For the last few weeks, things have once again gotten a little unsettled in financial markets, so I wanted to be sure you received some information to help put some things in context and to (hopefully) add some calm to the environment.
I'm going to keep it relatively brief and visual. But first, a couple high level points to help frame what I'm saying:
1) In a few charts I reference an index (like the S&P 500) -- I realize that you almost certainly do not have a portfolio which consists of entirely of this. Yet we can use this index to derive principles about how markets and their individual constituents (both investments and investors) behave.
2) As always, past performance is not indicative of future results. I'm here to educate and help you stick with a plan that's hopefully longer term than this week, this month, or this year.
|Image #1: History of the US Stock Market, Bull vs. Bear Markets.|
This image does a great job of reminding us how much more "good" there tends to be rather than "bad."
Stock returns are volatile, that's what makes them attractive (they're more often volatile in a positive way), but nearly a century of bull and bear markets shows that the good times have outshined the bad times.
• From 1926 through March 31, 2020, the S&P 500 Index experienced 17 bear markets, or a fall of at least 20% from a previous peak. The declines ranged from —21% to —80% across an average length of around 10 months.
• On the upside, there were 17 bull markets, or gains of at least 20% from a previous trough. They averaged 56 months in length, and advances ranged from 21% to 936%.
• When the bull and bear markets are viewed together, it’s clear equities have rewarded disciplined investors.
We (investors) typically get to spend a lot more of our time feeling good rather than dealing with scary markets -- I hope this trend continues.
|Image #2: The cost of trying to tactically jump in and out of investments|
The impact of missing just a few of the market’s best days can be profound, as this look at a hypothetical investment in the stocks that make up the S&P 500 Index shows. Staying invested and focused on the long term helps to ensure that you’re in the position to capture what the market has to offer.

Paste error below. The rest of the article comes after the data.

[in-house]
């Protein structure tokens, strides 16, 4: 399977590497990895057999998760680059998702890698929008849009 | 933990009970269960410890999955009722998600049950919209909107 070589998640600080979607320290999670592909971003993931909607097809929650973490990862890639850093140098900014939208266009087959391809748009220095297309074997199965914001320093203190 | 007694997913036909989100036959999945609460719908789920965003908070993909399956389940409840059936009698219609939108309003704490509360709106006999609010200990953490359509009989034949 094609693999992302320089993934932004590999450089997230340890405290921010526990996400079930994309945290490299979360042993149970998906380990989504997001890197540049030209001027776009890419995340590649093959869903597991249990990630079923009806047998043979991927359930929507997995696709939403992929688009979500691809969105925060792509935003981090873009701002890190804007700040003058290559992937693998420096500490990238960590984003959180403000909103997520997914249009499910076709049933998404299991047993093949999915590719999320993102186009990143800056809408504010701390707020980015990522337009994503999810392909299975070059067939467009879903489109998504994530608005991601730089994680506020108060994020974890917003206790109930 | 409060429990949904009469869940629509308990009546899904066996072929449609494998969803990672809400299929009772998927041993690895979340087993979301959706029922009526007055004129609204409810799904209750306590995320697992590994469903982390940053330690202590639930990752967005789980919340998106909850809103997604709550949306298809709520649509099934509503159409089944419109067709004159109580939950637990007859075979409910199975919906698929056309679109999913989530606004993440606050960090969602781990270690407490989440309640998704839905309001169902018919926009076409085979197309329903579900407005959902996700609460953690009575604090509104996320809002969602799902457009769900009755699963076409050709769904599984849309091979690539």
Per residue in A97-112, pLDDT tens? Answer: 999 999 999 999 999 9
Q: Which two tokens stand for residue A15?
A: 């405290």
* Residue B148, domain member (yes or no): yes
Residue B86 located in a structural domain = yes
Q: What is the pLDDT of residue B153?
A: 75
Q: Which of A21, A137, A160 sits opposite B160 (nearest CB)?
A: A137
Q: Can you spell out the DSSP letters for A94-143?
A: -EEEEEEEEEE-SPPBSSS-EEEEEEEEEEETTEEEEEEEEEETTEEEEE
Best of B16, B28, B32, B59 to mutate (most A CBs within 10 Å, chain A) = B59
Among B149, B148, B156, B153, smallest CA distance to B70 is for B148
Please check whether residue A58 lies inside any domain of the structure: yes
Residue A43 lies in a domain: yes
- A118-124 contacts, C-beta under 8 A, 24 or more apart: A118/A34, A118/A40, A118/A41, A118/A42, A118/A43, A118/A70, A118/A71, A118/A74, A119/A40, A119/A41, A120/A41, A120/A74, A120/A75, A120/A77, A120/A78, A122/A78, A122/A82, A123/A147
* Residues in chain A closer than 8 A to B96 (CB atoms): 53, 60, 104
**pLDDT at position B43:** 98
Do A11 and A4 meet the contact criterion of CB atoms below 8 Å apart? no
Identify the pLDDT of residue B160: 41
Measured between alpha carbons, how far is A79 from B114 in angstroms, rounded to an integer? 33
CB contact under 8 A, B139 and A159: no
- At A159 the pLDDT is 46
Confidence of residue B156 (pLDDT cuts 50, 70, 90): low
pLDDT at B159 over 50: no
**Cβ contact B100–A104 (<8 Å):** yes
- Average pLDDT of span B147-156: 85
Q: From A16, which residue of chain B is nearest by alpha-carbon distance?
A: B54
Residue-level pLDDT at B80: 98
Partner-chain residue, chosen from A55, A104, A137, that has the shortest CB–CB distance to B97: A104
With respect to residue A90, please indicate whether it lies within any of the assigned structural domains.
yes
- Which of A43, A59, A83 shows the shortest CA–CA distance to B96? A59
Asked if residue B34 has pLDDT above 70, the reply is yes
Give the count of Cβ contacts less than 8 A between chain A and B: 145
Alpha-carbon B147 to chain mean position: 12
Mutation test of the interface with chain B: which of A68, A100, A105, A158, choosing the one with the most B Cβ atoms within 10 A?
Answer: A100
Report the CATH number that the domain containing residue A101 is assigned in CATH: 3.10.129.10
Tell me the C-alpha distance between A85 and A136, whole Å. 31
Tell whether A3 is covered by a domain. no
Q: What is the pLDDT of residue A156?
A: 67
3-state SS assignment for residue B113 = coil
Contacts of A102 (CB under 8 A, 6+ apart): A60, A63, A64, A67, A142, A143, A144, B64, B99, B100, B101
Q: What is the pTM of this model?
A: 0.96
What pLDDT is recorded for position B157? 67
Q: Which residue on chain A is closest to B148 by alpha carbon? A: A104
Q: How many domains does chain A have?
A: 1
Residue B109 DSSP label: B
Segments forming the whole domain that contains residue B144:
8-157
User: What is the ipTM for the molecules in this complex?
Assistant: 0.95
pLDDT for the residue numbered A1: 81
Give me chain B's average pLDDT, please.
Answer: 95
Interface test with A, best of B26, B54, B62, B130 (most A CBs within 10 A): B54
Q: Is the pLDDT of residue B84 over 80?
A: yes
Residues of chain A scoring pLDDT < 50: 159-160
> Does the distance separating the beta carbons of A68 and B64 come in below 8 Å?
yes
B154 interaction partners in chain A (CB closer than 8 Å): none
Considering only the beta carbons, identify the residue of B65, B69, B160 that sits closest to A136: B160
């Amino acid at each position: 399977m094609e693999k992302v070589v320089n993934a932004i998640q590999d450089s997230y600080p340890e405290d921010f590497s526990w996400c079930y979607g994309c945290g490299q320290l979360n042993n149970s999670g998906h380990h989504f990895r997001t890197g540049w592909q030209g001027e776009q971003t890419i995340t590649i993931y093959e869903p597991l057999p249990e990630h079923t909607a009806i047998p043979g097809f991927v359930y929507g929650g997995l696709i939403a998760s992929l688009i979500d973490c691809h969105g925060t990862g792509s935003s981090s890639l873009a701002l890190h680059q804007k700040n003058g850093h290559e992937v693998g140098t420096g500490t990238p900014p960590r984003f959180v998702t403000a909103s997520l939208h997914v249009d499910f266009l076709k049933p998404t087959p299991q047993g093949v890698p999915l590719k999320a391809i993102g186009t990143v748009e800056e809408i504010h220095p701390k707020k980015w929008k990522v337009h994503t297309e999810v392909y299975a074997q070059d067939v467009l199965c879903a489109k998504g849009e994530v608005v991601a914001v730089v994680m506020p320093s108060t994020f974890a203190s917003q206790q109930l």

• A hypothetical $1,000 turns into $121,353 from 1970 through March 17, 2020.
• Miss the S&P 500’s five best days and the return dwindles to $77,056. Miss the 25 best days and that’s $26,989.
• There’s no proven way to time the market—targeting the best days or moving to the sidelines to avoid the worst—so history argues for staying put through good times and bad.
|Image #3: Worried About Recessions? Consider history...|
In the past century, there have been 15 recessions in the US. In 11 of those instances, stock returns were positive two years after the recession began.
• Investors may be tempted to abandon equities and go to cash when there is heightened risk of an economic downturn.
• But research has shown that stock prices incorporate expectations of a recession and generally have fallen in value before a recession even begins.
• The average annualized return two years after the onset of these 15 recessions was 7.8%.
• A $10,000 investment at the peak of the business cycle would have grown to $11,937, after two years on average.
Recessions understandably trigger worries. But a history of positive average performance following a recession can be a comfort for investors wondering about sticking with stocks.
|Image #4: Allocating Within a Market|
Historically, value stocks have outperformed growth stocks in the US, though recently that hasn’t been the case. While disappointing periods emerge from time to time, the principle that lower relative prices lead to higher expected returns remains the same.